Sweden’s centre-left government collapsed, after it failed to gather enough support to pass its budget through the national parliament, on Wednesday night (3 December).
The Social Democrat-Green coalition government called snap elections for 22 March 2015, only three months after it came to power and for the first time since the early 1950s.
Their budget proposal would have raised taxes and increased benefits for the jobless. The Conservatives, the Liberals, the Centre Party and the Christian Democrats blocked the proposal with the support of the far-right Sweden Democrats.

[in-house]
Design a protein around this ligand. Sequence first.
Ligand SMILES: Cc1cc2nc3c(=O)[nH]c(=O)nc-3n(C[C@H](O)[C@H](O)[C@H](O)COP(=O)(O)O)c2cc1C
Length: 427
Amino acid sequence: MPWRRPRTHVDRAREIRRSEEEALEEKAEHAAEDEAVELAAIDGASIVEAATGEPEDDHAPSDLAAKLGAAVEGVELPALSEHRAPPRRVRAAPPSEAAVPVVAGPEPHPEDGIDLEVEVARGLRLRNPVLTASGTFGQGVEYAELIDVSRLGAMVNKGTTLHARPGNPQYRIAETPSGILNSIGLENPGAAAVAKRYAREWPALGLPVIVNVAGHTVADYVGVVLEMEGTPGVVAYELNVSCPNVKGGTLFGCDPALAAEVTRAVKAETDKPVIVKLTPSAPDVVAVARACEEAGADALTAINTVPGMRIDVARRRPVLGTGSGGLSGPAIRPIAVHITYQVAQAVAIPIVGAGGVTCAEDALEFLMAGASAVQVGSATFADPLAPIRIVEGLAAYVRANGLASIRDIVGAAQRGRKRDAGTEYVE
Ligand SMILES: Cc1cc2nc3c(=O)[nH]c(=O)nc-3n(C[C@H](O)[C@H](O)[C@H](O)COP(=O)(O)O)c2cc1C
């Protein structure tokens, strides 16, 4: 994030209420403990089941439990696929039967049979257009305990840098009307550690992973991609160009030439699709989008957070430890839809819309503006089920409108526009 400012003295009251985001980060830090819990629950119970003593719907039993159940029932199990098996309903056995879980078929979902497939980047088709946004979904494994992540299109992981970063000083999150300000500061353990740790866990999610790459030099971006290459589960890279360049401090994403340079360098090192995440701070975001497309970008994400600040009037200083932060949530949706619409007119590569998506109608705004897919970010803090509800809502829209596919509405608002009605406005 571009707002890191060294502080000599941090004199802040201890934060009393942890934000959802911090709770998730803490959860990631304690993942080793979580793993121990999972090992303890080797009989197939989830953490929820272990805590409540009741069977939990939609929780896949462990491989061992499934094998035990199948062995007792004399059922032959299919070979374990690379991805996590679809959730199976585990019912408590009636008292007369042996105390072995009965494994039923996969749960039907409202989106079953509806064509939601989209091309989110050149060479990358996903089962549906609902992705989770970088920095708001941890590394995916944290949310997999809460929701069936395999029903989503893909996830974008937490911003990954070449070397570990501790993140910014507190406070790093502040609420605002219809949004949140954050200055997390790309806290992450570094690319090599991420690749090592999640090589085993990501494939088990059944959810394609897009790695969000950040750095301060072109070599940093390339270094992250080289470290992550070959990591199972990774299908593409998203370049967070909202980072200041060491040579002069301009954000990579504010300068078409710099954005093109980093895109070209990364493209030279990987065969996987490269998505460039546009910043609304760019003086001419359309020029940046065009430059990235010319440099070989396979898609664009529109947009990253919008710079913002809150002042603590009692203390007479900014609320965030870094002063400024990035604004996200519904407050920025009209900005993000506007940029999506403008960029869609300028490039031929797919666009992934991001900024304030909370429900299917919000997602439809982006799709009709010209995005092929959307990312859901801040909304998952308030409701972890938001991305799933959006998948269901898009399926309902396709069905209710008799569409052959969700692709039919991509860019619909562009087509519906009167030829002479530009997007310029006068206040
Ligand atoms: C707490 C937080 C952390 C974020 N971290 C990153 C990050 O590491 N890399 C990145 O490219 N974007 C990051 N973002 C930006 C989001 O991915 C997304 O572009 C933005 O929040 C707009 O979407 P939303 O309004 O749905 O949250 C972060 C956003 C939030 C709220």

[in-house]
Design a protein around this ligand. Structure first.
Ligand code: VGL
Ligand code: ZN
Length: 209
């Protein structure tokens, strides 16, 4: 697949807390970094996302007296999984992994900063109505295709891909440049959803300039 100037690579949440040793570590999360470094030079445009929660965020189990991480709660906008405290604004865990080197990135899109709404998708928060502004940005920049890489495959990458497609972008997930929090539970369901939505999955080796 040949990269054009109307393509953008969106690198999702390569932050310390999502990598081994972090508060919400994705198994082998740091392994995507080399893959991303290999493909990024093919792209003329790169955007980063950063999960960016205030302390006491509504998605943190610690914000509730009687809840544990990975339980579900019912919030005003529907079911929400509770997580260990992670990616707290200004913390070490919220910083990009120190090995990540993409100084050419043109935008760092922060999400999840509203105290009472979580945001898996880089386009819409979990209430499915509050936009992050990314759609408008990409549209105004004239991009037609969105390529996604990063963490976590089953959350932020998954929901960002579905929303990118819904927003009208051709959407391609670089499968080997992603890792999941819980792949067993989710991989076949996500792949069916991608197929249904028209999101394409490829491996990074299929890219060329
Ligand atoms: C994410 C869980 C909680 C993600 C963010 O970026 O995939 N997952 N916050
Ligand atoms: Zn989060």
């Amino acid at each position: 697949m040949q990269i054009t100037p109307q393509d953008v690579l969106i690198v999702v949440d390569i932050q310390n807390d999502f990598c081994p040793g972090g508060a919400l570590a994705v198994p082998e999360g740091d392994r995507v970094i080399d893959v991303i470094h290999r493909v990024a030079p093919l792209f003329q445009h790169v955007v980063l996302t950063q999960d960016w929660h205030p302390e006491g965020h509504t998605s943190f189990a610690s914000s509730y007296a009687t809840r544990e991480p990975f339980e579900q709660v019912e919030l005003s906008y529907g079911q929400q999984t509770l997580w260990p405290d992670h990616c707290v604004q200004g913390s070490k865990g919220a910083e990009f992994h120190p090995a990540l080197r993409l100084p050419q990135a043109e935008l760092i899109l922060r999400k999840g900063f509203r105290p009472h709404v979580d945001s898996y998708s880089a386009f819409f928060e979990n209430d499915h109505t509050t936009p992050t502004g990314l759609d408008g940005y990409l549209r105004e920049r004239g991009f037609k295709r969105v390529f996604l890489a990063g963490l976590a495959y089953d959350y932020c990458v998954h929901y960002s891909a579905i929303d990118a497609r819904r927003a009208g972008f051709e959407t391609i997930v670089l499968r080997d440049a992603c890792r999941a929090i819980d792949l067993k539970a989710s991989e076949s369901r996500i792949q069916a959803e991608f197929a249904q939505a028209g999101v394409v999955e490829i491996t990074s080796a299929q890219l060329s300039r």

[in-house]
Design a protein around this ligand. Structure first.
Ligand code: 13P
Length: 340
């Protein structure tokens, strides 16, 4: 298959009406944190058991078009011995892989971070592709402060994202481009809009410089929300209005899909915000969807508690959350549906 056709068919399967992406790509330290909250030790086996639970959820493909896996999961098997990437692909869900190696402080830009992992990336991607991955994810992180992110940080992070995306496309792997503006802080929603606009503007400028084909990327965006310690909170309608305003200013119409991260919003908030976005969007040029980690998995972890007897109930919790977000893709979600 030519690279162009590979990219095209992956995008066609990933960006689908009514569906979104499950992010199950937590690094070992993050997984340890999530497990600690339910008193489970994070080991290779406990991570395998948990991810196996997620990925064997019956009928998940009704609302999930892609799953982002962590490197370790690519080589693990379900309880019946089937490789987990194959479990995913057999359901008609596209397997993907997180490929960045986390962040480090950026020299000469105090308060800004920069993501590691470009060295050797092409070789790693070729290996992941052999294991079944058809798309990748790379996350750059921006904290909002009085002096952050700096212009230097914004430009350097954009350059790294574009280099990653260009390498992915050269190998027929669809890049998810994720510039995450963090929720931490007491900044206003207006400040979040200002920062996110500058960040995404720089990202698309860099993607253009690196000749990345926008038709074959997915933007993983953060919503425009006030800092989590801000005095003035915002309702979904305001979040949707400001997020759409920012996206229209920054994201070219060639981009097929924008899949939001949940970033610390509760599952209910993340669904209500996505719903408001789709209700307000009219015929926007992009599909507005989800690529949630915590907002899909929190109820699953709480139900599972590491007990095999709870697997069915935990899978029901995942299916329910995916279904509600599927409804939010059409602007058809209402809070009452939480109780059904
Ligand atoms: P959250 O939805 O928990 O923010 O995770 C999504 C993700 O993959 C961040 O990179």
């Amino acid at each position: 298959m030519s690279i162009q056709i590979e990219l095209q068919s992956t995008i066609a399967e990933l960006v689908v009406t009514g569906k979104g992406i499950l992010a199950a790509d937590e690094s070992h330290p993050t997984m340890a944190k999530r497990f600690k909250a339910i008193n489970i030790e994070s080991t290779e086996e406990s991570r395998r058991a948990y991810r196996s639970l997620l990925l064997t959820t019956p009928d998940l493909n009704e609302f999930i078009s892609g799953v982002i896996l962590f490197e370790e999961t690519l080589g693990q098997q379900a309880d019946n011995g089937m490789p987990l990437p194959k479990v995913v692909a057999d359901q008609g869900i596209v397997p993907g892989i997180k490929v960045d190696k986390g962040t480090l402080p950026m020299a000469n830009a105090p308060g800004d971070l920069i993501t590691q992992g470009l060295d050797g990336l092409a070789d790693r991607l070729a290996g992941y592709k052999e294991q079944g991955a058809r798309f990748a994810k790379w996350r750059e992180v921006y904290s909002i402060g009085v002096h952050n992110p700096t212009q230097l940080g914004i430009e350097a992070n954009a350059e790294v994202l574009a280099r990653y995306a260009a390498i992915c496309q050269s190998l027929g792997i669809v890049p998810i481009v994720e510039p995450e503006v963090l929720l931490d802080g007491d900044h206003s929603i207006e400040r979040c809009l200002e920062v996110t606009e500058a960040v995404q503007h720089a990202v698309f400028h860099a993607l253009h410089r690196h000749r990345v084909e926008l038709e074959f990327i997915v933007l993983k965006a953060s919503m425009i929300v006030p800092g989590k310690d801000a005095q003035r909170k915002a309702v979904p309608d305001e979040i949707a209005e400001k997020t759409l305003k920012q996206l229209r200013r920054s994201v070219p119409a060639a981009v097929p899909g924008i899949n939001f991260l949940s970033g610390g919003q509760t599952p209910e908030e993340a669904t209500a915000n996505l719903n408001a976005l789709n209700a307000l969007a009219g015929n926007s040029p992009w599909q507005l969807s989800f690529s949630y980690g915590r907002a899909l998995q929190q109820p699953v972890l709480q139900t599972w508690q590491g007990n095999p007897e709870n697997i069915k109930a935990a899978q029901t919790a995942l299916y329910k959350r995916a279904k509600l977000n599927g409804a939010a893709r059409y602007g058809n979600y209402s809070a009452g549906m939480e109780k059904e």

Prime Minister Stefan Löfven formed a minority government with the Greens after winning the September elections. But the coalition lacks the necessary votes to pass major laws.
On Tuesday (2 December), Löfven said that he would rather resign than support the opposition’s budget proposal.
During the negotiations, the centre-left coalition proposed referring the budget to the parliament’s finance committee to find a compromise.
That would have avoided the collapse of the government. But the opposition leaders refused the offer.
Löfven has hinted the door is open to further negotiations.
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